The City of Toronto Issues a Statement Regarding Music Venue Protection

In the past few months, Toronto has seen a few sic venues closing, including The Hoxton and long-standing venues like Hugh’s Room and the Silver Dollar. In light of these recent closures, the city has teamed up with the Toronto Music Advisory Council to address things like music venue protection in an economy that doesn’t always favour the music industry in our city. With the next meeting taking place February 13th, it’s important to voice your opinions and concerns, as well as ideas, and can do so by sending an email to music@toronto.ca.

“City of Toronto elected officials and staff have been constantly looking at strategies and actions that might be taken to help our music venues and the musicians and wider communities they support. 

Read the full statement on behalf of the city and TMAC after the break.

“A joint message about the closing of live music venues from Mayor John Tory and Councillor Josh Colle, Chair of the Toronto Music Advisory Council:

 Toronto’s music community lost a number of live venues in 2016, and sadly, that trend has continued during the first month of this year. We and many of our Council colleagues and the Toronto Music Advisory Council are very aware of these closures.

We share the disappointment of musicians, music fans, and the music community at these recent announcements. Most of all, we would like the music community to know that we take the matter extremely seriously and are actively taking steps to address it.

The Toronto Music Industry Advisory Council (TMAC) will discuss the issue of music venue closures at its next meeting on February 13, and will provide expert suggestions and recommendations to City Council about how the City can best support music venues now and in the future.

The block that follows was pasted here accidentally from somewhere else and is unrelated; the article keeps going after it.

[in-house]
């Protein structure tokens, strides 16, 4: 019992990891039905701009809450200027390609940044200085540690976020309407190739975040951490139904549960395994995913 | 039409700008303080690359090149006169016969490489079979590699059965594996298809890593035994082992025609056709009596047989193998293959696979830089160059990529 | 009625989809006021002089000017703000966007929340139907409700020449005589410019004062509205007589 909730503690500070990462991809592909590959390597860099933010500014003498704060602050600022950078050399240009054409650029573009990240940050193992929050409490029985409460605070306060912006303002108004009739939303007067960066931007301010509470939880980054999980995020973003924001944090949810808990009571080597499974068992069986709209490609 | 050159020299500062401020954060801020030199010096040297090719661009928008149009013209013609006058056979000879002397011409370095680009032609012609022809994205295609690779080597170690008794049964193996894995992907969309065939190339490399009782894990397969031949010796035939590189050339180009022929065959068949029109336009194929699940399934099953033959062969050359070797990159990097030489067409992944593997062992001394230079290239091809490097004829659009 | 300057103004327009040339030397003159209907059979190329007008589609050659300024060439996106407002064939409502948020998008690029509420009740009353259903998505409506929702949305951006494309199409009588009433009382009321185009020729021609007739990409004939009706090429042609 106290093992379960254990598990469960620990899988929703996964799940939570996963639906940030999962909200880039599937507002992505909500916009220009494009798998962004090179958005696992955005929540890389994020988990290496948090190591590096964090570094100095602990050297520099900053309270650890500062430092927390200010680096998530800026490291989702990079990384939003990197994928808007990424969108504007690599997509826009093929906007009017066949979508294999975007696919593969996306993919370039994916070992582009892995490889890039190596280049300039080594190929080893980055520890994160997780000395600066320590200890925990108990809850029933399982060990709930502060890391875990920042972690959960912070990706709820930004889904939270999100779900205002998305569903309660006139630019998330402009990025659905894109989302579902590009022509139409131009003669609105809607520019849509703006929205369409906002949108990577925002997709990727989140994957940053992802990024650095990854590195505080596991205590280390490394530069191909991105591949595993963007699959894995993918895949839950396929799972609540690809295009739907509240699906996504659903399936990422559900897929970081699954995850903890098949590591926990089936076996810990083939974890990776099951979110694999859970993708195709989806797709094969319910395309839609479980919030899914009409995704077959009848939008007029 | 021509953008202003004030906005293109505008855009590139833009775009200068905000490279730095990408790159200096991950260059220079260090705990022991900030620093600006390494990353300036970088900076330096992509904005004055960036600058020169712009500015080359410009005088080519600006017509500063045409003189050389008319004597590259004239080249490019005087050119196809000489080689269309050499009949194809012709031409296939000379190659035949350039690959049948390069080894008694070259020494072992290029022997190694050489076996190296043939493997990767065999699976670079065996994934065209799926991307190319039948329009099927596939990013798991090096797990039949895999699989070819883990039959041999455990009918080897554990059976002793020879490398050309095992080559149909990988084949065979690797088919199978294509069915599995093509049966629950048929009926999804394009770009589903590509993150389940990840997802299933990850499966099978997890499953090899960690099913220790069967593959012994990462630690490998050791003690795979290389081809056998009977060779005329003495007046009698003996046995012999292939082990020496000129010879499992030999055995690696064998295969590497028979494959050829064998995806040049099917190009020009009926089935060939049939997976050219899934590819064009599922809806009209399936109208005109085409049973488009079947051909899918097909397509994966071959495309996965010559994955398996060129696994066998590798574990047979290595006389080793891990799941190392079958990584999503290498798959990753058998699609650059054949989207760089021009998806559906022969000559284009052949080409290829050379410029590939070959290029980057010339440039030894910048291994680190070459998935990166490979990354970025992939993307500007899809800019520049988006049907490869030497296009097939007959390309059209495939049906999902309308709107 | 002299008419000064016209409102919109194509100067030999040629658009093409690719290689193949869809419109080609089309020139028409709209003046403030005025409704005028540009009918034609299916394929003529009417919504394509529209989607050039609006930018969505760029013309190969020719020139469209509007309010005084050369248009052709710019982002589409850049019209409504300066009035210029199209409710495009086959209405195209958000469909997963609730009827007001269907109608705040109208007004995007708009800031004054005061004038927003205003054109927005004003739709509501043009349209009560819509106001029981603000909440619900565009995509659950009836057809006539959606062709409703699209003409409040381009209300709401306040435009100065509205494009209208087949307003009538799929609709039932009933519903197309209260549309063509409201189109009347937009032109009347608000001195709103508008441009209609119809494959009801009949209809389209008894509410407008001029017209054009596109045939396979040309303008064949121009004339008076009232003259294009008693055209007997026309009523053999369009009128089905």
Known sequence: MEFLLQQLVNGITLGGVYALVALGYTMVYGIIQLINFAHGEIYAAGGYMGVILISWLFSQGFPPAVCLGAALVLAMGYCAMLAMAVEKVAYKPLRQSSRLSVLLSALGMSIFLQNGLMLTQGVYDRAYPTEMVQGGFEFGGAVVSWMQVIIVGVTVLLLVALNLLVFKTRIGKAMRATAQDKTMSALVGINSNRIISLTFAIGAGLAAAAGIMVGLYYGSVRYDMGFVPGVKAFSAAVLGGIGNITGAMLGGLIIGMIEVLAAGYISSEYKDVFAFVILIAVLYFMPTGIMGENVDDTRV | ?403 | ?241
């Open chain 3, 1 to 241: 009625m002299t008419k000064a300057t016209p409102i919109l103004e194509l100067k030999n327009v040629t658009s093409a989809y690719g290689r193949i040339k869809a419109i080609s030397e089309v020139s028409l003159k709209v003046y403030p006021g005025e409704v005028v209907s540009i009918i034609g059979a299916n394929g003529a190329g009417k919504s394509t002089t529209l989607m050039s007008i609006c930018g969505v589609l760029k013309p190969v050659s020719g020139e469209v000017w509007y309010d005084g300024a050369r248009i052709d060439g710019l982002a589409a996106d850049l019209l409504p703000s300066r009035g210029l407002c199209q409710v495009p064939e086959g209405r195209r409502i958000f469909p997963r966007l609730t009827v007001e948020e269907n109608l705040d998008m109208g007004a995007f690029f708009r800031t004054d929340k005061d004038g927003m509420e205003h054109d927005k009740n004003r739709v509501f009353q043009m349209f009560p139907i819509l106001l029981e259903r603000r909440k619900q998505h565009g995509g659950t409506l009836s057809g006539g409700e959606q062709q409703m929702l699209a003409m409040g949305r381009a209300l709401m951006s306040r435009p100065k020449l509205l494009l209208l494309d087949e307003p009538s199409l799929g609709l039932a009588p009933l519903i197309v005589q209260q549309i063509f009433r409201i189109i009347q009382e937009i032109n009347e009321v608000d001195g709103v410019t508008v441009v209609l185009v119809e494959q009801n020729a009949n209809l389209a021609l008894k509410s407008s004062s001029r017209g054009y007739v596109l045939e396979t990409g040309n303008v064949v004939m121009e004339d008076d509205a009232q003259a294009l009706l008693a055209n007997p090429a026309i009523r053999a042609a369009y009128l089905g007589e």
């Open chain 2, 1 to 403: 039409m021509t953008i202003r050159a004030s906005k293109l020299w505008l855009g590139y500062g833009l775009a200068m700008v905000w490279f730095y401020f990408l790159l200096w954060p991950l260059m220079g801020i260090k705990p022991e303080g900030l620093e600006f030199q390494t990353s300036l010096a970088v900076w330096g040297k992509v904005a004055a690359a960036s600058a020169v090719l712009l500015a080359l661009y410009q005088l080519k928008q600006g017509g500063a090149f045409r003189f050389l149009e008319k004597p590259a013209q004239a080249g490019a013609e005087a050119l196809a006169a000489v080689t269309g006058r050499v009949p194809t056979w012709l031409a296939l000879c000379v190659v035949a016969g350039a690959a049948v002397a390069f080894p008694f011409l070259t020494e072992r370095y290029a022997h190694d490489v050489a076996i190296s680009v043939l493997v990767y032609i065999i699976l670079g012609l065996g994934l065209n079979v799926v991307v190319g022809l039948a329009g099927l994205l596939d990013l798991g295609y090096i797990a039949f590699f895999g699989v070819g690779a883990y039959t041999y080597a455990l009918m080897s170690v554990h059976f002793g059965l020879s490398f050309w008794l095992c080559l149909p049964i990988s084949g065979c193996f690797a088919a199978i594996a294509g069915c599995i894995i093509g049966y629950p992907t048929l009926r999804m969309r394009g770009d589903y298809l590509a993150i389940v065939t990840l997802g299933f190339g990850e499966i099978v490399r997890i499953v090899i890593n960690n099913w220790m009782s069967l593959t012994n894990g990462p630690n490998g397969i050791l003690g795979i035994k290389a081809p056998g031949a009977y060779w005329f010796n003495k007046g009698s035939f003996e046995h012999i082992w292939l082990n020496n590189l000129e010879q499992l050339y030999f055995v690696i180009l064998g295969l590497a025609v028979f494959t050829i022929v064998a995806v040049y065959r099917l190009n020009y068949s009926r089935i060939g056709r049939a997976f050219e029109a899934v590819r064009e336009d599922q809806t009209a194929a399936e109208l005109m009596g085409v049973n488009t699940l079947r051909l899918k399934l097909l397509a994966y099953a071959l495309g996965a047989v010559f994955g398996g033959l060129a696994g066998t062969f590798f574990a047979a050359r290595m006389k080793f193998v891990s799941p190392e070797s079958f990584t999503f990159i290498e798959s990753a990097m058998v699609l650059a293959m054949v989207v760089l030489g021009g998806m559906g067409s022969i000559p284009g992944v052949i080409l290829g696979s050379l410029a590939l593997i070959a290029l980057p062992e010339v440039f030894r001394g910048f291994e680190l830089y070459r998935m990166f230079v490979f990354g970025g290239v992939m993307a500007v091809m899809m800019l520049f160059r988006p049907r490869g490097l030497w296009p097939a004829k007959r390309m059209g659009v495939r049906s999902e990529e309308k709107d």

City of Toronto elected officials and staff have been constantly looking at strategies and actions that might be taken to help our music venues and the musicians and wider communities they support.

Some of the measures taken already include:

  • Council has passed a motion aimed at protecting live music venues
  • The City with the help of local Councillor Joe Cressy has taken steps to protect the Silver Dollar Room so it continues to be a music venue
  • Council has asked staff to focus on helping the city’s nighttime economy
  • Part of the TOCore planning study will look at how to create, maintain music spaces, including pop-up music spaces
  • Ongoing discussions with venue owners about how the City can help them succeed

We understand that it has become more difficult for music venues to find and hold onto affordable, accessible spaces, especially in Toronto’s downtown neighbourhoods. Together with TMAC and other partners, the City is already considering a number of recommendations addressing music venue protection, pop-up venues, and the overall health of the nighttime economy. In doing so, we are continually studying how any success stories from other cities might work in Toronto – because the same difficulties our music sector is experiencing here are also being seen across the world in many other cities, including our music alliance partner city of Austin, Texas.

We recognize how important music venues and the communities they nurture are to the social, cultural, and economic fabric of Toronto – from long-standing institutions like Hugh’s Room, the Hoxton, and the Silver Dollar, to the DIY and alternative spaces so important to the artistic grassroots in our city.

Together with the Toronto Music Advisory Council, we are committed to a complete exploration of how to support our music venues. As we deeply miss those venues already lost, we are also hopeful that in 2017, bringing the City together with the music community to generate solutions will help Toronto turn a corner and make progress toward a healthier future for music venues and music in general.”

Photo Credit: @SoTeeOh (IG)